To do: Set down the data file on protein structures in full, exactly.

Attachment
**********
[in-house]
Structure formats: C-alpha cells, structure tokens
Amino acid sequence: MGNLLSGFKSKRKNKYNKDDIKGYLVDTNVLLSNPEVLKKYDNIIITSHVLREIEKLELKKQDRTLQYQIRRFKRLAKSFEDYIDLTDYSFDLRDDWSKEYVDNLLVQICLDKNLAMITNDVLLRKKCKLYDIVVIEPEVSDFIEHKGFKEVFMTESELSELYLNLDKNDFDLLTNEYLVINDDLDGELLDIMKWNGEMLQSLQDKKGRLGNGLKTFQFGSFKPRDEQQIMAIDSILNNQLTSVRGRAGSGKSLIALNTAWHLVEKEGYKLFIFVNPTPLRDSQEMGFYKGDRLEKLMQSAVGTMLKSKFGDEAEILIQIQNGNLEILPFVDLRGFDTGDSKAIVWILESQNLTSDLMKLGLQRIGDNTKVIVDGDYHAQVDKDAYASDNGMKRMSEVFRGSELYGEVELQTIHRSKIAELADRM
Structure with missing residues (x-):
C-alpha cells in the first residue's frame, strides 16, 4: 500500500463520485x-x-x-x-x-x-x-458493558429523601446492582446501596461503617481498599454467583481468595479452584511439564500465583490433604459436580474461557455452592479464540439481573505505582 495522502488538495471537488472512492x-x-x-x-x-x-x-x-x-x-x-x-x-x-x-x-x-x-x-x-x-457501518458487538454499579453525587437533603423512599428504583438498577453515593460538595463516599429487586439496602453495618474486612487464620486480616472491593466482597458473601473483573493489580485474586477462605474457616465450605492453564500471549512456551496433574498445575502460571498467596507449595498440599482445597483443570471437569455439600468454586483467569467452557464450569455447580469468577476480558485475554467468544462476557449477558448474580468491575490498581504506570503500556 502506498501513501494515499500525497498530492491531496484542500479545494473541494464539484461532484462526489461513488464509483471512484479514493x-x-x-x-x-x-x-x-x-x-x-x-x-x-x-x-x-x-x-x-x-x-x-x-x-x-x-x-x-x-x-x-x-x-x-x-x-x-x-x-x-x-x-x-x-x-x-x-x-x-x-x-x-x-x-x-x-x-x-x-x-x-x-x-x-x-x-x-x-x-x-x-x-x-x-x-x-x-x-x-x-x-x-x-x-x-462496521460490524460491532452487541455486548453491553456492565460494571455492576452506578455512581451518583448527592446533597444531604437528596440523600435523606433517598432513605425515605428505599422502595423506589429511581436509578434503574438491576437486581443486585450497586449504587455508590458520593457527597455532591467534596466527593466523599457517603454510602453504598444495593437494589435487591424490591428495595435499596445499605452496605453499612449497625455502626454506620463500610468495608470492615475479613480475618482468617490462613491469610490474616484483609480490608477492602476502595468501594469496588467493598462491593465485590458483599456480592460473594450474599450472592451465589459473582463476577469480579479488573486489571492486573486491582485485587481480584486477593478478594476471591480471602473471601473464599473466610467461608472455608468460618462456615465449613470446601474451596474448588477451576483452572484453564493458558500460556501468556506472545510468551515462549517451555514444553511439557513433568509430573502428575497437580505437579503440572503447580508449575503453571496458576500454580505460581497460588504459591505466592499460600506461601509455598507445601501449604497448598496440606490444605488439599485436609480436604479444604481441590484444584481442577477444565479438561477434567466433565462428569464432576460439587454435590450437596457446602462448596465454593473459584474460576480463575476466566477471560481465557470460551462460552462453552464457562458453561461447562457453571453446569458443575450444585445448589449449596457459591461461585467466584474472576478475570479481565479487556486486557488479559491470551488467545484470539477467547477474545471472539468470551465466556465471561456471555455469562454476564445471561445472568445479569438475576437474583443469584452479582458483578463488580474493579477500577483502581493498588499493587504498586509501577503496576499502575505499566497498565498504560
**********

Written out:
[in-house]
Structure formats: C-alpha cells, structure tokens
Amino acid sequence: MGNLLSGFKSKRKNKYNKDDIKGYLVDTNVLLSNPEVLKKYDNIIITSHVLREIEKLELKKQDRTLQYQIRRFKRLAKSFEDYIDLTDYSFDLRDDWSKEYVDNLLVQICLDKNLAMITNDVLLRKKCKLYDIVVIEPEVSDFIEHKGFKEVFMTESELSELYLNLDKNDFDLLTNEYLVINDDLDGELLDIMKWNGEMLQSLQDKKGRLGNGLKTFQFGSFKPRDEQQIMAIDSILNNQLTSVRGRAGSGKSLIALNTAWHLVEKEGYKLFIFVNPTPLRDSQEMGFYKGDRLEKLMQSAVGTMLKSKFGDEAEILIQIQNGNLEILPFVDLRGFDTGDSKAIVWILESQNLTSDLMKLGLQRIGDNTKVIVDGDYHAQVDKDAYASDNGMKRMSEVFRGSELYGEVELQTIHRSKIAELADRM
Structure with missing residues (x-):
C-alpha cells in the first residue's frame, strides 16, 4: 500500500463520485x-x-x-x-x-x-x-458493558429523601446492582446501596461503617481498599454467583481468595479452584511439564500465583490433604459436580474461557455452592479464540439481573505505582 495522502488538495471537488472512492x-x-x-x-x-x-x-x-x-x-x-x-x-x-x-x-x-x-x-x-x-457501518458487538454499579453525587437533603423512599428504583438498577453515593460538595463516599429487586439496602453495618474486612487464620486480616472491593466482597458473601473483573493489580485474586477462605474457616465450605492453564500471549512456551496433574498445575502460571498467596507449595498440599482445597483443570471437569455439600468454586483467569467452557464450569455447580469468577476480558485475554467468544462476557449477558448474580468491575490498581504506570503500556 502506498501513501494515499500525497498530492491531496484542500479545494473541494464539484461532484462526489461513488464509483471512484479514493x-x-x-x-x-x-x-x-x-x-x-x-x-x-x-x-x-x-x-x-x-x-x-x-x-x-x-x-x-x-x-x-x-x-x-x-x-x-x-x-x-x-x-x-x-x-x-x-x-x-x-x-x-x-x-x-x-x-x-x-x-x-x-x-x-x-x-x-x-x-x-x-x-x-x-x-x-x-x-x-x-x-x-x-x-x-462496521460490524460491532452487541455486548453491553456492565460494571455492576452506578455512581451518583448527592446533597444531604437528596440523600435523606433517598432513605425515605428505599422502595423506589429511581436509578434503574438491576437486581443486585450497586449504587455508590458520593457527597455532591467534596466527593466523599457517603454510602453504598444495593437494589435487591424490591428495595435499596445499605452496605453499612449497625455502626454506620463500610468495608470492615475479613480475618482468617490462613491469610490474616484483609480490608477492602476502595468501594469496588467493598462491593465485590458483599456480592460473594450474599450472592451465589459473582463476577469480579479488573486489571492486573486491582485485587481480584486477593478478594476471591480471602473471601473464599473466610467461608472455608468460618462456615465449613470446601474451596474448588477451576483452572484453564493458558500460556501468556506472545510468551515462549517451555514444553511439557513433568509430573502428575497437580505437579503440572503447580508449575503453571496458576500454580505460581497460588504459591505466592499460600506461601509455598507445601501449604497448598496440606490444605488439599485436609480436604479444604481441590484444584481442577477444565479438561477434567466433565462428569464432576460439587454435590450437596457446602462448596465454593473459584474460576480463575476466566477471560481465557470460551462460552462453552464457562458453561461447562457453571453446569458443575450444585445448589449449596457459591461461585467466584474472576478475570479481565479487556486486557488479559491470551488467545484470539477467547477474545471472539468470551465466556465471561456471555455469562454476564445471561445472568445479569438475576437474583443469584452479582458483578463488580474493579477500577483502581493498588499493587504498586509501577503496576499502575505499566497498565498504560